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Tags Current Affairs

US ends preferential trade status for India under GSP

Date: 02 June 2019 Tags: India & World

United States has officially announced termination of preferential trade treatment to India as a beneficiary developing nation under GSP (Generalised System of Preferences) trade programme from June 5, 2019. It was announced after US claimed that India has not assured that will provide equitable and reasonable access to its markets to US goods.


US has announced this withdrawal of special duty benefits under Generalized System of Preferences (GSP) to Indian in March 2109 and to come into force from the first week of May 2019 after 60 days of notification sent to US Congress followed by enactment of Presidential Proclamation.

However, US had decided to postpone implementation of its decision until May 23, 2019 till new Government is elected in India.

About Generalised System of Preferences (GSP)

  • It is preferential tariff system extended by developed countries to developing countries. It also known as preference receiving countries or beneficiary countries. It was introduced in 1976.
  • It is preferential arrangement in sense that it allows concessional low or zero tariff imports from developing countries.
  • Developed countries including US, EU, UK, Japan etc gives GSPs to imports from developing countries.
  • It is designed to promote economic development by allowing duty-free entry for thousands of products from designated beneficiary countries both developing and developed countries.
  • Objective of US-GSP: (i) Give development support to poor countries by promoting exports from them into developed countries. (ii) Promote sustainable development in beneficiary countries by helping these countries to increase and diversify their trade with US.
  • Criteria for US: Providing US with equitable and reasonable market access, respecting arbitral awards in favour of US citizens or corporations, providing adequate and effective intellectual property protection, combating child labour and respecting internationally recognised worker rights, among others.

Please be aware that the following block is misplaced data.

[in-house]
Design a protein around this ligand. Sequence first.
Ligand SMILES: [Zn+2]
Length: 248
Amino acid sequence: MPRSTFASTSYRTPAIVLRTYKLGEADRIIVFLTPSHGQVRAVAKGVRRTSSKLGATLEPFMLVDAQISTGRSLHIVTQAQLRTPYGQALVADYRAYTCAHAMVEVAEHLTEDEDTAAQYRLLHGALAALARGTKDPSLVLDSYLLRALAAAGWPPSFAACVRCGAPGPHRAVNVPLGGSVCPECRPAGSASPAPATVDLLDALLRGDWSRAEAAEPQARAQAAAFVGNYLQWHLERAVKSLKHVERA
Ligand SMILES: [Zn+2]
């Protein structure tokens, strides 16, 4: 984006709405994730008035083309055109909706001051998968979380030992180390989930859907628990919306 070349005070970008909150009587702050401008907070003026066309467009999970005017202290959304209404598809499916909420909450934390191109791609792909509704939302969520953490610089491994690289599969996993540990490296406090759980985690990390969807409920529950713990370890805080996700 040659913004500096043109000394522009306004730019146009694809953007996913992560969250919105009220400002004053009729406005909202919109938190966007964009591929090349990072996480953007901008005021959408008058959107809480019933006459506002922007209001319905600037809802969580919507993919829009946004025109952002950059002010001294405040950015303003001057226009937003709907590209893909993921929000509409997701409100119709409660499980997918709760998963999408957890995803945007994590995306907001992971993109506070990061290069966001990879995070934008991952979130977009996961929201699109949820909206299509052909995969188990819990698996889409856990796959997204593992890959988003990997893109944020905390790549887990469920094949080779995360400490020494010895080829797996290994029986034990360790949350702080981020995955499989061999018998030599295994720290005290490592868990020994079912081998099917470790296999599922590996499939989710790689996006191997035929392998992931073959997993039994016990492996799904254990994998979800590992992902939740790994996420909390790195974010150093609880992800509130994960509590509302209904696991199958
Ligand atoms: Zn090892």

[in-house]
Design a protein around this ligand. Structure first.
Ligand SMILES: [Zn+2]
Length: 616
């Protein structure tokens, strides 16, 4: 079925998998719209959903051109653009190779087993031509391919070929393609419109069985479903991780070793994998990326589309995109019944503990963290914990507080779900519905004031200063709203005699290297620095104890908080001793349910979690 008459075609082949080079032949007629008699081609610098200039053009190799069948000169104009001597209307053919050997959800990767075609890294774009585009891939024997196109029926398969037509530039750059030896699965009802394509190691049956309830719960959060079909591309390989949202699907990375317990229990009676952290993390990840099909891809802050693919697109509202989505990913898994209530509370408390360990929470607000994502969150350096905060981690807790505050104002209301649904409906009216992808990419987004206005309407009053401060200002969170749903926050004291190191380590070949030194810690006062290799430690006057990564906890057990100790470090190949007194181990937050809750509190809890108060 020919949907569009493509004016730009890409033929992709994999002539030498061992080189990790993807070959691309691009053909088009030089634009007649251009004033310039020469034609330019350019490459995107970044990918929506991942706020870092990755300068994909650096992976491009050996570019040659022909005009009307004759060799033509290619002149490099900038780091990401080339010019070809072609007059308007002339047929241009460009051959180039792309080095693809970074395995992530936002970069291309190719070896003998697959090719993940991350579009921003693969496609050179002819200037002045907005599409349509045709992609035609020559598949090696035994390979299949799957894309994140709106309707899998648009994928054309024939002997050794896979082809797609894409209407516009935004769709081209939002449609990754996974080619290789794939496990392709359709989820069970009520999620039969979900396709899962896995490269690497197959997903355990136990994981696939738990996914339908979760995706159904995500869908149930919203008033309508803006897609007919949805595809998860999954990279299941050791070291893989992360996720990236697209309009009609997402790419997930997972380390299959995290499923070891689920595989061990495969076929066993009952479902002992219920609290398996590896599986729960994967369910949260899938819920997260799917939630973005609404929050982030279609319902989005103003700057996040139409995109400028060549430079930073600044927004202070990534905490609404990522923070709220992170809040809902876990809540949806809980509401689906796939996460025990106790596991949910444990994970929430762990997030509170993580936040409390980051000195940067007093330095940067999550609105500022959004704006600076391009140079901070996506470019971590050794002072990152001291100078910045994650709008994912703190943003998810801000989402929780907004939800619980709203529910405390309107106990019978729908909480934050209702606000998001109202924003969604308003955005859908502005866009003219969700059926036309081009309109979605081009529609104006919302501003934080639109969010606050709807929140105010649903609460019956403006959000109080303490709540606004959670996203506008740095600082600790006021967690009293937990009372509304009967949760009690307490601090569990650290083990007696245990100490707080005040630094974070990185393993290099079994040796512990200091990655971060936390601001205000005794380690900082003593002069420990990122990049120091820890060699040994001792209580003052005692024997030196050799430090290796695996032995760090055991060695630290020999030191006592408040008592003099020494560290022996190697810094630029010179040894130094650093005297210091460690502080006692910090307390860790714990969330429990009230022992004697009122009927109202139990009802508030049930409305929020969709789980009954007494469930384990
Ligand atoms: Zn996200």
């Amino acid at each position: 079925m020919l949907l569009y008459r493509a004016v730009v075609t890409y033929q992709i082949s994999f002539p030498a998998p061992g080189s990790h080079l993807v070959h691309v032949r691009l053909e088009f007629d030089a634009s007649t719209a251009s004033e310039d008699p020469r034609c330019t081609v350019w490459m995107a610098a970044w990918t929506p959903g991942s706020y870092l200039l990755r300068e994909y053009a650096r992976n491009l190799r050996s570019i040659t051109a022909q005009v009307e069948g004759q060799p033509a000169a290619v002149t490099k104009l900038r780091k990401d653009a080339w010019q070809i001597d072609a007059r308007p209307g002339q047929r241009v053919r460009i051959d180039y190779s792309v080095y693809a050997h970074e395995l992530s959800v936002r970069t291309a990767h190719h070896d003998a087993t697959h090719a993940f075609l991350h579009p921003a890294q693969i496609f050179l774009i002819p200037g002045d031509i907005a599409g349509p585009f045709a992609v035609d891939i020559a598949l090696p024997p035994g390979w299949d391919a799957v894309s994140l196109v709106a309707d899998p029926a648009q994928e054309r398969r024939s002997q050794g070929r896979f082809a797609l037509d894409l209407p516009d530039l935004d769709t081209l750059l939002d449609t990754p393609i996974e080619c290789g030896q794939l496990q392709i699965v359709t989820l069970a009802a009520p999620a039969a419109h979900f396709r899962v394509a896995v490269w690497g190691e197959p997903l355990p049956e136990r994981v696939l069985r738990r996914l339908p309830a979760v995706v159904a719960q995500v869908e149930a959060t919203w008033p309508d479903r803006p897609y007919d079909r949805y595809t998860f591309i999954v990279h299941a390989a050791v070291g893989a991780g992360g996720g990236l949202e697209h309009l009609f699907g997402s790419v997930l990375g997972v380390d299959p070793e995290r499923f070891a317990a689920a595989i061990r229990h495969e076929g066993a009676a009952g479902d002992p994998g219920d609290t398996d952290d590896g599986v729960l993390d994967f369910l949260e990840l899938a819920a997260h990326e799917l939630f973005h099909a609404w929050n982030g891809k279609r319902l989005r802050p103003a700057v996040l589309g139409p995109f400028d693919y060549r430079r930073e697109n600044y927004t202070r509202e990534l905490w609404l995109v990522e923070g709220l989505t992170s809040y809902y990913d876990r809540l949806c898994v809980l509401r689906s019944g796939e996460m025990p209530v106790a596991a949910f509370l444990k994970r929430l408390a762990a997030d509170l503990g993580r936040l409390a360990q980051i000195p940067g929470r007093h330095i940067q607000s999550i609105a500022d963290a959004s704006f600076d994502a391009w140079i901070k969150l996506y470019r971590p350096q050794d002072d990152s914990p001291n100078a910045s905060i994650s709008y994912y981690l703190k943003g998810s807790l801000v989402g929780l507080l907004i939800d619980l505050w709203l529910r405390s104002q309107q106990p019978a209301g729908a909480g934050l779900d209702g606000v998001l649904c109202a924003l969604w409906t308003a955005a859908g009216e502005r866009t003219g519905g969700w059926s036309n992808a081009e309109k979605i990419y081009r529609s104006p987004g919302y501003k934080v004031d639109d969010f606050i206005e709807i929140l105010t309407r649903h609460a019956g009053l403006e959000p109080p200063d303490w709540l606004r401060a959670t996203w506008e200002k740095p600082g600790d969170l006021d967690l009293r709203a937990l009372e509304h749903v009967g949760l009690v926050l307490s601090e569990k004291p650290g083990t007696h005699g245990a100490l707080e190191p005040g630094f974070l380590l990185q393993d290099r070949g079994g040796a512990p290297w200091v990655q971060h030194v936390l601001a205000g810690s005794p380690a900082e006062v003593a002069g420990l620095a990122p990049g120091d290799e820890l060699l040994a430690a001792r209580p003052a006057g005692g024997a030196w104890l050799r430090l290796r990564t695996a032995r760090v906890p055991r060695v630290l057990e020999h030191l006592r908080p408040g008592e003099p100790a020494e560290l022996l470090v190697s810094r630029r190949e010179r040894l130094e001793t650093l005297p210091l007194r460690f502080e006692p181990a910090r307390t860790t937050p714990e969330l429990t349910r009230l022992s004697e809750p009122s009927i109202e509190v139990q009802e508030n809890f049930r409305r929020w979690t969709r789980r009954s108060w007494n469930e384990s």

• Benefits: Under it, wide range of industrial and agricultural products originating from certain developing countries are given preferential access to US markets.
  • In India’s case: GSP enables duty-free entry of 3,500 goods in US markets, which benefits exporters of agriculture, textiles, engineering, gems and jewellery and chemical products.
  • Total US imports under GSP in 2017 was $21.2 billion, of which India was largest beneficiary with $5.6 billion, followed by Thailand ($4.2 billion) and Brazil ($2.5 billion).

Impact on India

Bilateral trade between India and US stood at $74.5 billion in 2017-18. US has trade surplus of $27.3 billion. Terminating GSP status will put to end duty-free import of around 1900 goods from India into US.  It will be strongest punitive action taken by President Donald Trump against as part of agenda of reducing US deficit with large economies.

According to Government, this withdrawal will not have any major impact on overall Indian exports to US as concessions availed under this scheme were minimal. Total GSP benefits availed by India under GSP programme were to tune of $190 million on trade $5.6 billion. So, benefits both in absolute sense, and as percentage of trade involved, are very minimal and moderate

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